A struggle for survival in the wild

Takahē are a large bird (up to 50cm high and 3kg in weight) but they are flightless; so despite being equipped with a powerful beak and legs, they're no match for the wiles of New Zealand's introduced predators.

Takahē are a similar looking to the common pukeko. Where the pukeko is skinny and blue with a black back, the takahē is much larger and more colourful. It has a strong red beak and stout red legs.
Its rich feathers range from an iridescent dark blue head, neck and breast to peacock-blue shoulders, and turquoise and olive green wings and back.​ Takahē have a very distinctive call: a loud clowp. Their contact call is easily confused with that of the weka but is generally more resonant and deeper.

The beak of the takahē is uniquely adapted to getting the best parts out of grass stalks. It's perfect for cutting and stripping the base of grass tillers to get at the juicy new growth, but they still need to feed nearly all day to get enough nourishment. 

Takahē are also very adept at nipping seed stalks off and daintily holding them in one foot while elegantly sliding their beaks along the seed head to strip the seeds and eat them.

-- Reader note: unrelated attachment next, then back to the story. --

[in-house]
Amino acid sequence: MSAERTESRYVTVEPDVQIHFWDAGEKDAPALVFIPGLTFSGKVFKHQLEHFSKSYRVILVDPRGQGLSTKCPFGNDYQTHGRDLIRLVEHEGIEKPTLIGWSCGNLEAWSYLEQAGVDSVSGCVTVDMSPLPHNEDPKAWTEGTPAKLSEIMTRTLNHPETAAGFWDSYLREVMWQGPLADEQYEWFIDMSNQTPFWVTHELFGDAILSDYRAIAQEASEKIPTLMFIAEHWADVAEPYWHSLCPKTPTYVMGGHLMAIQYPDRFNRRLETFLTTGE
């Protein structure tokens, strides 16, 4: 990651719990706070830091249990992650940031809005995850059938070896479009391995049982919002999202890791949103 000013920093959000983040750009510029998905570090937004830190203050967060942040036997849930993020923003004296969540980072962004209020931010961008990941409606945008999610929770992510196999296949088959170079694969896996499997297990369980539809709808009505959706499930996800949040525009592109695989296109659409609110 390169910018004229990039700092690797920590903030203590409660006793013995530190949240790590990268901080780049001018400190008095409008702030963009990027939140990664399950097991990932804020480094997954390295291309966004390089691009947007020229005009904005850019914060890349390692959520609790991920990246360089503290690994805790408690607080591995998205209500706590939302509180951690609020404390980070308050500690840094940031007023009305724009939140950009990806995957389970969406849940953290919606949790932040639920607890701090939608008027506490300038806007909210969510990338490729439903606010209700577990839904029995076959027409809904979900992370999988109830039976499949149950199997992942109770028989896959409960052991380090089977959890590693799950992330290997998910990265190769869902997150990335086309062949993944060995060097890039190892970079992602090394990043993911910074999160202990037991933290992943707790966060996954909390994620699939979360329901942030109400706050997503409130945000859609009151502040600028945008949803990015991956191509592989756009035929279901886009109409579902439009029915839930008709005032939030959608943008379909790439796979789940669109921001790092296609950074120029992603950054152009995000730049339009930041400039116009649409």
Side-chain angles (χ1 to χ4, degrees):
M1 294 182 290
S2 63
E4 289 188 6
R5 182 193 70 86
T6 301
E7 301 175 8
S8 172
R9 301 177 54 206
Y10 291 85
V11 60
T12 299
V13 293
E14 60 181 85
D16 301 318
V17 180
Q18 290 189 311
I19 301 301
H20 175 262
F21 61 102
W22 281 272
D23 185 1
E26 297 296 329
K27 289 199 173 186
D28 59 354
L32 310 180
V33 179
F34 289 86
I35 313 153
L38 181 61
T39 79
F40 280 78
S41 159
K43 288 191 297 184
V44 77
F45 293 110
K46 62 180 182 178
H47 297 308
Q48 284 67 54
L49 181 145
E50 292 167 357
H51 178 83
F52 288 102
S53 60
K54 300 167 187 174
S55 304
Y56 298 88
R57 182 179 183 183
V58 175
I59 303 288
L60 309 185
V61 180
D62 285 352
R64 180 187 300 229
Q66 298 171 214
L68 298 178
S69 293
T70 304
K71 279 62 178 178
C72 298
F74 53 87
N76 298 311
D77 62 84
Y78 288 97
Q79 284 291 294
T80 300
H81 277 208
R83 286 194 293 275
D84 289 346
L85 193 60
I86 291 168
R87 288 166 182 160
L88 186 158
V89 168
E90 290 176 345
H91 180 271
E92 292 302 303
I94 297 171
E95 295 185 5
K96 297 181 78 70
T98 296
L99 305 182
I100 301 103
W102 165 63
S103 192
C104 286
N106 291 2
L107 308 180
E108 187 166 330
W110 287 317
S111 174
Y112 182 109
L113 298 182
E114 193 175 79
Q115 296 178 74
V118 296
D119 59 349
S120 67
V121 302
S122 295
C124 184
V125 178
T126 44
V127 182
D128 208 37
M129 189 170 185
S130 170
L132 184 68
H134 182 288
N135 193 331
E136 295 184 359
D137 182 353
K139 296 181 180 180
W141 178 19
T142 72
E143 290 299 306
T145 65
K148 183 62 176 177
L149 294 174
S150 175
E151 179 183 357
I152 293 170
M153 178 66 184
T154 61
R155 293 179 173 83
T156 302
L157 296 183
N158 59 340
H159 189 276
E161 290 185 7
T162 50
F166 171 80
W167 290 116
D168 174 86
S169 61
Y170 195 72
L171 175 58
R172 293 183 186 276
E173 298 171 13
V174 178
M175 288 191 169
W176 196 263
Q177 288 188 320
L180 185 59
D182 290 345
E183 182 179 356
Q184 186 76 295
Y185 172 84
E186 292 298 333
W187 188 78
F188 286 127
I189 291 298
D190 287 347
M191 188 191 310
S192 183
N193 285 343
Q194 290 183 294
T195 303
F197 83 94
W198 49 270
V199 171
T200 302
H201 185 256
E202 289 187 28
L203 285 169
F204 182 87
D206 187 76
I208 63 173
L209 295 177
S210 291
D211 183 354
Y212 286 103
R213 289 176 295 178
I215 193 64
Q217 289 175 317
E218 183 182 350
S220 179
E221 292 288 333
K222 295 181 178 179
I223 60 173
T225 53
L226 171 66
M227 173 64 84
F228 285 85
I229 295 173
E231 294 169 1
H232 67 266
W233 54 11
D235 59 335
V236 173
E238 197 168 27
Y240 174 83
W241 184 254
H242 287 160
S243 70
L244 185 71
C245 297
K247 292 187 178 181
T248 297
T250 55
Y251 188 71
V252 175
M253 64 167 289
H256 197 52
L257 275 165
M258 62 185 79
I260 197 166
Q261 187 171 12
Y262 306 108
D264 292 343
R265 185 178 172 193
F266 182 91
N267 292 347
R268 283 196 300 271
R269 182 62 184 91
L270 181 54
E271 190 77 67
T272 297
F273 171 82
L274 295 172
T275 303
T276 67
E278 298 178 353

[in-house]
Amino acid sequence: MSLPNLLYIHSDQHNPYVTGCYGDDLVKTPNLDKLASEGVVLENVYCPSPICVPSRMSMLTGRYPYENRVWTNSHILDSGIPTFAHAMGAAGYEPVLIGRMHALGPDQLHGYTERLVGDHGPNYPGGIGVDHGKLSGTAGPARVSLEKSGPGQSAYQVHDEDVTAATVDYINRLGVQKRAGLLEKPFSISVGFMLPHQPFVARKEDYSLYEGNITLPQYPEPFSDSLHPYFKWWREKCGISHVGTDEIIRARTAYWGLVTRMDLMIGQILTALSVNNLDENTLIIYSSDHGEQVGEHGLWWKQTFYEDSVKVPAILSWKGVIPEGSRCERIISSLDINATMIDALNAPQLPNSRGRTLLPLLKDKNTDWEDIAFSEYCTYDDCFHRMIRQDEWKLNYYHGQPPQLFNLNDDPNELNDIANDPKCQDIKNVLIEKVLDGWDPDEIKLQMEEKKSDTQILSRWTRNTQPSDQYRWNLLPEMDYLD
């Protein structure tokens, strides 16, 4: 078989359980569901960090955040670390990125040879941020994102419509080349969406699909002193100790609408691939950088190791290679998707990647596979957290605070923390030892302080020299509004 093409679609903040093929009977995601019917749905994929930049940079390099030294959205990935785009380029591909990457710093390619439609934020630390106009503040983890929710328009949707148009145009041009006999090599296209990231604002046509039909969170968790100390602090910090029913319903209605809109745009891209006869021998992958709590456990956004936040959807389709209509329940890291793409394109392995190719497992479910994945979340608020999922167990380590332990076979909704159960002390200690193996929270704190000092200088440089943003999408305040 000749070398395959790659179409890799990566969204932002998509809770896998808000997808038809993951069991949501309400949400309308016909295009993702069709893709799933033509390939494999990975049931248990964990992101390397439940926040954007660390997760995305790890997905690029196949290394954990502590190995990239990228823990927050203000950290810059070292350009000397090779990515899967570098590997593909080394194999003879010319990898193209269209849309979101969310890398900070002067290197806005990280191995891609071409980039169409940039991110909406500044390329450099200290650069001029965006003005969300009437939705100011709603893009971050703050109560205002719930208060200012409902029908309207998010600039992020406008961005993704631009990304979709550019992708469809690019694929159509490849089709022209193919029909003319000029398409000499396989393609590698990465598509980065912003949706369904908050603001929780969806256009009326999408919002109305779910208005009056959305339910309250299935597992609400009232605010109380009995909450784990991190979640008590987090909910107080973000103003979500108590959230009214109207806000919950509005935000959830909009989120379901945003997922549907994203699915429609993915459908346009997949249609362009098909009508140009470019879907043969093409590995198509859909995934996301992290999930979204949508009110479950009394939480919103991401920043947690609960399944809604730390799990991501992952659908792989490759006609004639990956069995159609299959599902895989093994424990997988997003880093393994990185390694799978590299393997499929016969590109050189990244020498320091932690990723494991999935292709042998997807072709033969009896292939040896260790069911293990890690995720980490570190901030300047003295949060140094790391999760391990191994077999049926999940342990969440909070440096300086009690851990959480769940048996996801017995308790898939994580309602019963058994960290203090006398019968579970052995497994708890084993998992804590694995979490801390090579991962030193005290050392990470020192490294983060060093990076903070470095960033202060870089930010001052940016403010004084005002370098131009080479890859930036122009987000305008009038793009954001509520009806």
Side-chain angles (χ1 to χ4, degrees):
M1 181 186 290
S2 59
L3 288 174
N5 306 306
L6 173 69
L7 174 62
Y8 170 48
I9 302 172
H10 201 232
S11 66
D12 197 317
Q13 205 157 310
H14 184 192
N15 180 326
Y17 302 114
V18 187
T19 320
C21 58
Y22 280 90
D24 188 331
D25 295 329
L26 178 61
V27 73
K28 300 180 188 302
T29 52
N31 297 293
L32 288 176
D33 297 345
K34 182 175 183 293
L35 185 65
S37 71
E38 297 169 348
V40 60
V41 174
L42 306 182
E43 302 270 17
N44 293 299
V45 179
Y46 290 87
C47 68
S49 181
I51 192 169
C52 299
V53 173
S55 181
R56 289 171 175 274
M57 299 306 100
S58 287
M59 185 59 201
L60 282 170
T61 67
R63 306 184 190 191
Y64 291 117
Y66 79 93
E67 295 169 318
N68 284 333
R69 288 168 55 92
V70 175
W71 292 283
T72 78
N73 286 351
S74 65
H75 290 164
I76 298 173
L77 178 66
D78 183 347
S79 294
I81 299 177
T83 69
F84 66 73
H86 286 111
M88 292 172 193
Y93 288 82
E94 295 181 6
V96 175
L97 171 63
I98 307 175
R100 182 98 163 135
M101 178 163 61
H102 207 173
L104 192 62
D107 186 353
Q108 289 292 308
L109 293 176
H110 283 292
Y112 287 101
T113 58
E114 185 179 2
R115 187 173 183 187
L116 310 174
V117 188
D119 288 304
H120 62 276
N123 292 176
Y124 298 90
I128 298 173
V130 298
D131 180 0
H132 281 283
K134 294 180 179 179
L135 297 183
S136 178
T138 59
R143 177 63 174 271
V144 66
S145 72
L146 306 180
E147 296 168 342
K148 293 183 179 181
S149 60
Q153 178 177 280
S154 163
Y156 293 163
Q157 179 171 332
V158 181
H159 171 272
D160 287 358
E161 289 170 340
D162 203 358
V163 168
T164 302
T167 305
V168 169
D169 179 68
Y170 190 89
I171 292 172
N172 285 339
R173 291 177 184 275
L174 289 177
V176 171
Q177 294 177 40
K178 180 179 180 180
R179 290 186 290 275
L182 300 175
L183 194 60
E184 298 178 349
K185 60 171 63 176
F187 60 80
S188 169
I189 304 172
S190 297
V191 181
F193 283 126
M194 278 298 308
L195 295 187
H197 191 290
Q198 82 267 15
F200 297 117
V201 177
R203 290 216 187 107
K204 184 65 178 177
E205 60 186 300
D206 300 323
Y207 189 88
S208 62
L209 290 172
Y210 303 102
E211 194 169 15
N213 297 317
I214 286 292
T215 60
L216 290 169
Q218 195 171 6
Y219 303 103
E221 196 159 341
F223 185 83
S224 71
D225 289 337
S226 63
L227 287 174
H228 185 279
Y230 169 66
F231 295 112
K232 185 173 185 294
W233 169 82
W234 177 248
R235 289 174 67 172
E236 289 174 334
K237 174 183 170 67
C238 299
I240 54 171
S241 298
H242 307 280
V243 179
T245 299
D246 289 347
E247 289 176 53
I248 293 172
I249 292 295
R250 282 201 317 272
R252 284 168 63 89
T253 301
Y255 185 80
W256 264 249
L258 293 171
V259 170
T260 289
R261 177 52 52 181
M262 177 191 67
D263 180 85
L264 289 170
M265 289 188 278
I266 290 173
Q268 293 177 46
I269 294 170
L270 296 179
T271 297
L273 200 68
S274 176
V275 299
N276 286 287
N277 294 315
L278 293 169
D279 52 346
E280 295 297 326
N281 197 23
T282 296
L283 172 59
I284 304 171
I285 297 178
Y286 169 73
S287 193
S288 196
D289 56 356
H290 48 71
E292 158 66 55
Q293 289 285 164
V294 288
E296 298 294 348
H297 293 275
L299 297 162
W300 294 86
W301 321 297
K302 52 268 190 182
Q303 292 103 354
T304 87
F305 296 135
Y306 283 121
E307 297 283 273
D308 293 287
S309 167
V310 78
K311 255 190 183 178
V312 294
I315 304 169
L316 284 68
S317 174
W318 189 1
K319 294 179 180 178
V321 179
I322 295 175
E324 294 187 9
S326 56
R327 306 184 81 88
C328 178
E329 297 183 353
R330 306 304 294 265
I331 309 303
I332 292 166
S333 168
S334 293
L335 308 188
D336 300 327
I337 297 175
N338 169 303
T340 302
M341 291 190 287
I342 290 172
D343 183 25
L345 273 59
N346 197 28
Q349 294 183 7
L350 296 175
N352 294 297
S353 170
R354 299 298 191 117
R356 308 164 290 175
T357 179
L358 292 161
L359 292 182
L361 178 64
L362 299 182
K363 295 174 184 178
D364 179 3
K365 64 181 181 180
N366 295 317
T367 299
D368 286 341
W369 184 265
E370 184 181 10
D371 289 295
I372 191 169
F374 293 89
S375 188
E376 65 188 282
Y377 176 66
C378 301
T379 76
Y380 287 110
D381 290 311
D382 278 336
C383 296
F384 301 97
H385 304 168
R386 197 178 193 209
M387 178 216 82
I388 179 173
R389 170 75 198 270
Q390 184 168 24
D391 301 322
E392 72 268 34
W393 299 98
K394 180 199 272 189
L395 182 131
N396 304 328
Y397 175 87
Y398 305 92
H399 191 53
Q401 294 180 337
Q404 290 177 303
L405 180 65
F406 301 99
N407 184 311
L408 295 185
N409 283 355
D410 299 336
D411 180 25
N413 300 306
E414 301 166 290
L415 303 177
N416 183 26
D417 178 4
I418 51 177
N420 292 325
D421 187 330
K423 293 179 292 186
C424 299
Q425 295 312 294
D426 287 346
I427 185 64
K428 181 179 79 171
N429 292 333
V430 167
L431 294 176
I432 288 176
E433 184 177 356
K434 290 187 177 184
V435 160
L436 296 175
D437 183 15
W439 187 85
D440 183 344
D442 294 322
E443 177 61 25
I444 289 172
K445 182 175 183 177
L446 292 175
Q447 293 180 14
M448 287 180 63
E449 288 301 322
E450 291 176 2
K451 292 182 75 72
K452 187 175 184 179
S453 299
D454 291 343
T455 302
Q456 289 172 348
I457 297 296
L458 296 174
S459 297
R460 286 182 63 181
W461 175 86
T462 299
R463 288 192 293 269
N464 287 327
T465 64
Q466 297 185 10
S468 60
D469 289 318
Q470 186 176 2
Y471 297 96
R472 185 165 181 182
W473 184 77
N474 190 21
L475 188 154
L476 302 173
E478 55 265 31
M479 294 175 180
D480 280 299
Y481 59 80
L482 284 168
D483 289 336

Takahē generally lay between one and three eggs each October, of which around 80% hatch. The 30-day incubation period is shared by both parents, who also feed the chicks for the first three months. Young birds often stay with their parents for up to 18 months, helping to rear the next year's chick.

When you meet one of our six resident takahē on Rotoroa, let them find their own food and stay a reasonable distance away from them. We want as many people as possible to enjoy them.


A helping hand

We are part of DOC's metapopulation management programme, supported by Mitre 10 and Fulton Hogan, which has not only grown the takahē population, but has also developed the capacity to support bringing breeding takahē to new sites such as Rotoroa Island. This Takahē Recovery Programme, based in Te Anau is the longest running species conservation programme in New Zealand and has pioneered many conservation techniques later used to save endangered species in New Zealand and around the globe.

Despite all this effort, takahē are still classified as a 'Nationally Vulnerable', with a population of just over 400 birds.

The programme's priority is to establish 125 breeding pairs of takahē at safe sites. Unfortunately the Murchison Mountains, while home to the only wild population of takahē, is not a safe site because of the on-going threat of stoats. Safe sites include pest-free islands as well as mainland sites with well established predator control, like predator-proof fencing.

Rotoroa Island has been identified as one of those safe sites. Our birds come from DOC's very successful 'takahē farm', the Burwood Takahē Breeding Centre. They come with the blessing of Ngai Tahu who are their kaitiaki or guardians and have been received by our kaitiaki, Ngai Tai and Ngati Paoa.